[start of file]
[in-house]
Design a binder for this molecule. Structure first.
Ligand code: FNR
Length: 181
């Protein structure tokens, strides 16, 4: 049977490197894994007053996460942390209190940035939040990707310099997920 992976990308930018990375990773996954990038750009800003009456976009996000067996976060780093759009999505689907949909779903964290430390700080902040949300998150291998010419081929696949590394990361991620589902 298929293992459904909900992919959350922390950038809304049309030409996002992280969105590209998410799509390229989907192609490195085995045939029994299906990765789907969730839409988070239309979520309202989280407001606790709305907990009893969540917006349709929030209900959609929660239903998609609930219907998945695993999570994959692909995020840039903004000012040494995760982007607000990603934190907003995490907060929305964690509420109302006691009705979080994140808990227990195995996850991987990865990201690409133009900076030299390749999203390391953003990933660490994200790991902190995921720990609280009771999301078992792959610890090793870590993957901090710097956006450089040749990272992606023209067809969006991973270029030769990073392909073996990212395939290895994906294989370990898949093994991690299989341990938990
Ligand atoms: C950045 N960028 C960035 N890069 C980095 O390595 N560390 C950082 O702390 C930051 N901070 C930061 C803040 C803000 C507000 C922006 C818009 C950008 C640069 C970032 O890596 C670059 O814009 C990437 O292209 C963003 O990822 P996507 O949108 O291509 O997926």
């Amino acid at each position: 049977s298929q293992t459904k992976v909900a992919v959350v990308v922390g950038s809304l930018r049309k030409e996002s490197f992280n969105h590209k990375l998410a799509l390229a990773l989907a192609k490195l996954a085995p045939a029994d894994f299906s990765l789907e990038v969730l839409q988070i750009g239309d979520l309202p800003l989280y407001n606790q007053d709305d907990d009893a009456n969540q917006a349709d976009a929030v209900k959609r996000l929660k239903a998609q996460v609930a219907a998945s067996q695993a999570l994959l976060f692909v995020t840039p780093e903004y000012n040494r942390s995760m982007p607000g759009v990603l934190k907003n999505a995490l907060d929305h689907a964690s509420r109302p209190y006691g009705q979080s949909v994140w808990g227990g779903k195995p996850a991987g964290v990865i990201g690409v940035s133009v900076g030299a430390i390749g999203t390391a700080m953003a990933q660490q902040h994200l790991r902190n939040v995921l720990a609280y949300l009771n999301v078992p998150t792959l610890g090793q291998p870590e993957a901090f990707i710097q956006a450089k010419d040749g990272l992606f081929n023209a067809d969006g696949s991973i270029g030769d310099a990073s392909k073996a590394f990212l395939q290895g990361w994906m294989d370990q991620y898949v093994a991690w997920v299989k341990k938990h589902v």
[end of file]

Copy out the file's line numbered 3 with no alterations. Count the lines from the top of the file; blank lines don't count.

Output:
Ligand code: FNR